I meant to say if your ablation was to form a lesion from the tricuspid valve to the inferior vena cava, your aflutter won't come back even though you might continue to get PACs which originate in the pulmonary.
Next time you see your cardiologist or EP ask what type of ablation you had (what exactly was ablated?)
I had an ablation for atrial flutter forming the lesion from the valve to vena cava. This makes sense because, though I haven't had a crises ever since, I still get lots of PACs - probably coming from the pulmonary vein, which I didn't know was a major source of them. Both doctors I saw - the one who ablationed me and the one I asked a second opinion for - guaranteed the a-flutter woudn't come back.
My arrhythmia was triggered mostly during exercises. At elevated heart rate I would start having PACs, and if I continued doing the physical effort, they would turn into SVT. If I stopped the exercise at the precisely moment I felt the first PAC, I would have lots of them, but luckily no arrhythmia.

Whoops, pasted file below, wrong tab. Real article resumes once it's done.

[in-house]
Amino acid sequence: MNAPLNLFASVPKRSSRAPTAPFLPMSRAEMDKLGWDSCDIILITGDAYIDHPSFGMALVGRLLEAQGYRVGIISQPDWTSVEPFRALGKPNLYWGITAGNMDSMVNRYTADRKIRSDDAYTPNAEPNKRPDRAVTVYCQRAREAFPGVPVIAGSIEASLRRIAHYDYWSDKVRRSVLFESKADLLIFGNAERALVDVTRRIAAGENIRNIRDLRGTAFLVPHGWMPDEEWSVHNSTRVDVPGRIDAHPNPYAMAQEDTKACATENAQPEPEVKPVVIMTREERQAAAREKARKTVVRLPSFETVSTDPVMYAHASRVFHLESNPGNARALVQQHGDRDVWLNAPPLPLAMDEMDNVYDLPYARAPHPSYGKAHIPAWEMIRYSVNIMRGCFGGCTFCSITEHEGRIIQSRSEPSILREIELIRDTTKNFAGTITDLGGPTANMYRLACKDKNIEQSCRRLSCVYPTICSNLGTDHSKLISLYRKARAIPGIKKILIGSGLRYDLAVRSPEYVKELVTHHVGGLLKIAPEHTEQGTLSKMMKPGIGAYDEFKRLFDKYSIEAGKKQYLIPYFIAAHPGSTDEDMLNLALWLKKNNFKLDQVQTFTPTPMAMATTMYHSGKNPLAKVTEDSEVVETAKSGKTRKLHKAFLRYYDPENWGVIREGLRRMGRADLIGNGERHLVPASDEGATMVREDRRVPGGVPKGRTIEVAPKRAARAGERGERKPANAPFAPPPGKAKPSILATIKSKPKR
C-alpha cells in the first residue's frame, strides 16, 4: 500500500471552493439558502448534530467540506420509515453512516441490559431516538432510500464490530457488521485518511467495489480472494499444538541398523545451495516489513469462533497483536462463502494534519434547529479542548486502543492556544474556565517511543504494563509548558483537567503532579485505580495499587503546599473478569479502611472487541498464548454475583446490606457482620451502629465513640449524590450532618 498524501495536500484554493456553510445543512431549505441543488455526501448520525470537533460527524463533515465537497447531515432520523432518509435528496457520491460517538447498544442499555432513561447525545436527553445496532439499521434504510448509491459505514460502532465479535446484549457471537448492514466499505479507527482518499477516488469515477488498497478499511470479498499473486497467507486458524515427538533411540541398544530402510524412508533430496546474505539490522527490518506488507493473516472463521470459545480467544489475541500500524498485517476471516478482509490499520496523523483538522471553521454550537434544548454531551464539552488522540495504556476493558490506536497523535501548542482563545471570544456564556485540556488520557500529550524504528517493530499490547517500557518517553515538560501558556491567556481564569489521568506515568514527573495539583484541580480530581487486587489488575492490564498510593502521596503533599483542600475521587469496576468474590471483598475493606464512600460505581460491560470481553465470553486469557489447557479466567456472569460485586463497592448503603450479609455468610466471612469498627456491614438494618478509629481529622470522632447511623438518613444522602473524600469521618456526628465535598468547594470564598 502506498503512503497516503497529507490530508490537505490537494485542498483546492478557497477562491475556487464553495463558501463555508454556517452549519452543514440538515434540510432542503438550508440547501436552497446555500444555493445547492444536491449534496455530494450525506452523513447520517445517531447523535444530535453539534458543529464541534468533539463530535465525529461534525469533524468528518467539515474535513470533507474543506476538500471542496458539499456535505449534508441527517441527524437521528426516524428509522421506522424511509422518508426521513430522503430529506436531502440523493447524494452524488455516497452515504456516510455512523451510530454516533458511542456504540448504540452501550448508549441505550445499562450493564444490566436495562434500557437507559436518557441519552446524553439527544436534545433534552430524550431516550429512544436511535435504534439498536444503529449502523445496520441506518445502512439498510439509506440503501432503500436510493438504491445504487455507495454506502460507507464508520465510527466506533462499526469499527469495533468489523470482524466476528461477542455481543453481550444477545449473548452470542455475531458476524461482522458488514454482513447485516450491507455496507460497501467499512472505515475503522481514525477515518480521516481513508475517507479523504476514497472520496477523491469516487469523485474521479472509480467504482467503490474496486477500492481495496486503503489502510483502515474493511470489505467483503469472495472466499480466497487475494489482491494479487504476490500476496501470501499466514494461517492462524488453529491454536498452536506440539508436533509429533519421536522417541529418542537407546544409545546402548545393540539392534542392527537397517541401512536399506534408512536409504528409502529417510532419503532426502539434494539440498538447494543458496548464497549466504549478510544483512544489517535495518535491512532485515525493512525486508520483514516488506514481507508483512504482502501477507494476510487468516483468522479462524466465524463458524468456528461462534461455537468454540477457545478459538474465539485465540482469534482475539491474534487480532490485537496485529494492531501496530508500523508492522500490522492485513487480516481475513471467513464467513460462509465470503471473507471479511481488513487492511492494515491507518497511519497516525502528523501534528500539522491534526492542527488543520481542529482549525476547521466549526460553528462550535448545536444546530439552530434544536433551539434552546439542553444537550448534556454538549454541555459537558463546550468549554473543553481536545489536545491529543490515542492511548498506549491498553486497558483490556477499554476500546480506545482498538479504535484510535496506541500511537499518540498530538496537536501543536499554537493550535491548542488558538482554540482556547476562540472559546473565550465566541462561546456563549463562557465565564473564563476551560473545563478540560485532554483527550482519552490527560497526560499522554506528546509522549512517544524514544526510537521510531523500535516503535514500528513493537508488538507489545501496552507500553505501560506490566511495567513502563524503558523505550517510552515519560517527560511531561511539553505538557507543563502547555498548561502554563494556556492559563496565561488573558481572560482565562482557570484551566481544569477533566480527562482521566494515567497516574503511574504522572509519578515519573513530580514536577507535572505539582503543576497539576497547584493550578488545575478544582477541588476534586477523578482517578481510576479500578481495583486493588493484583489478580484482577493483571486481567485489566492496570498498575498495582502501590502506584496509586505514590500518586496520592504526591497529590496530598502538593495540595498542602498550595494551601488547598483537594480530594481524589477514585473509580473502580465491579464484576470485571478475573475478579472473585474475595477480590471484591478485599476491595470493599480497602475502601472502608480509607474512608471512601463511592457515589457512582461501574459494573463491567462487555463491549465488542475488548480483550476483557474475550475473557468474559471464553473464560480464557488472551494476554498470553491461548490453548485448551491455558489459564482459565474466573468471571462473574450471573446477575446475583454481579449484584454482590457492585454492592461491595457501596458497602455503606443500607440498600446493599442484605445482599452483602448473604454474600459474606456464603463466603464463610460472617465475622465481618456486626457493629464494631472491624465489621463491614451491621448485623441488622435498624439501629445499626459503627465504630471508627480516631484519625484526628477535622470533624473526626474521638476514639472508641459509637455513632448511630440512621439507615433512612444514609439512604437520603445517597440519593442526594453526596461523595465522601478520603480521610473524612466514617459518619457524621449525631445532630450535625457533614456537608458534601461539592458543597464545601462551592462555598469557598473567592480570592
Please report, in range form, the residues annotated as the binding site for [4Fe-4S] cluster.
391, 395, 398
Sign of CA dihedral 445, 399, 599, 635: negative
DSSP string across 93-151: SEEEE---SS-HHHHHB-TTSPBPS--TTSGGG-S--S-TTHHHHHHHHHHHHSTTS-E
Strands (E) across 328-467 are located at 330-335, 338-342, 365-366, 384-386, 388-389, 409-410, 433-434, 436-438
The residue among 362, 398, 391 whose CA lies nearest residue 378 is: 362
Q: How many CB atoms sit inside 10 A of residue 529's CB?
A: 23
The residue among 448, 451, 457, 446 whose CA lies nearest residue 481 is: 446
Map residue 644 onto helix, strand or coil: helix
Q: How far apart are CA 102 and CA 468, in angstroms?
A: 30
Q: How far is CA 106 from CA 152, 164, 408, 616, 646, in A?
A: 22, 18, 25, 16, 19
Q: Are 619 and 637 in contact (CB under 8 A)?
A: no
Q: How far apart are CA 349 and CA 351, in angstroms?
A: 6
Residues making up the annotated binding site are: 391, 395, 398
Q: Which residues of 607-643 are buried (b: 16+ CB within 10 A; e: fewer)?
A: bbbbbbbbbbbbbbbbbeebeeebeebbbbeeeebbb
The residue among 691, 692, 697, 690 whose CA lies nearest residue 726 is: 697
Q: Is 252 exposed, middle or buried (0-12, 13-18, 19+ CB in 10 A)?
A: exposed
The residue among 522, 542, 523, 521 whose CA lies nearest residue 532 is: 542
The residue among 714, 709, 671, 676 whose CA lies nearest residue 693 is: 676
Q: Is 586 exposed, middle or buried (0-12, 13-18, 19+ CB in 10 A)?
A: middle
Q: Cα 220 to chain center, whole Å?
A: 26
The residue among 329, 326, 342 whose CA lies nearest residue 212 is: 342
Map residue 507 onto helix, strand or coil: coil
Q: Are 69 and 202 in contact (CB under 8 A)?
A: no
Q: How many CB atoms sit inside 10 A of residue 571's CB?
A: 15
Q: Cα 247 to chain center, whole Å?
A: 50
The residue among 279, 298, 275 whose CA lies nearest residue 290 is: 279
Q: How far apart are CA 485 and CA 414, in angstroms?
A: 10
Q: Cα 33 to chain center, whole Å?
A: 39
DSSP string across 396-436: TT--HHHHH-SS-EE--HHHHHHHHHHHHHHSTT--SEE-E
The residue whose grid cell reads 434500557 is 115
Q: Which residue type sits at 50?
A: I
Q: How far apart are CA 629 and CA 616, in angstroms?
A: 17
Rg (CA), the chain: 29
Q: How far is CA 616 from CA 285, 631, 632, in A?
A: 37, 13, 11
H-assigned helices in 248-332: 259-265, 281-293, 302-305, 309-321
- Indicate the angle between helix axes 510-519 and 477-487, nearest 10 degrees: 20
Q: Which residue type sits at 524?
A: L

Today, I still get PACs during exercises (and sadly in especific situations like laying down too fast), but very isolated. One here, one there... this is the thing that intrigues me. I'll take your suggestion and ask my doctor for more details. I think the more knowledge I get from the situation, the better I can deal with it. Thanks again.
A recent study of 625 healthy people showed that more people get pacs than pvcs during 24 hours wearing a holter. here are the no of people with each:
PAC couplets 16.8%
PVC couplets 8.8%
nonsustained vtach 3.4%
More people do seem to complain about pVCs on here. Maybe more people can feel them because it is the ventricle contracting which causes a funny sensation.
You know what I hate is all the people who say "Oh I get that and you just need to stop worrying about it". True, they get a PAC now and then, but when every 3rd beat is a PAC and it goes on for 2 days solid, I think I should be concerned. Of course the doctors have all said "don't worry about it until it doesn't stop for a week or so". Riiiiight.
The part I hate is when I'm resting, like working on the computer, and my pulse will get down into the 50's sometimes lower than that and THEN I get a PAC. The heart stops beating for 3 or 4 seconds. That is long enough to cause a bit of panic. Then the adreneline kicks in and the heart SLAMS. urg.
deedle1976 can you link where you got that from? I would love to see the whole article.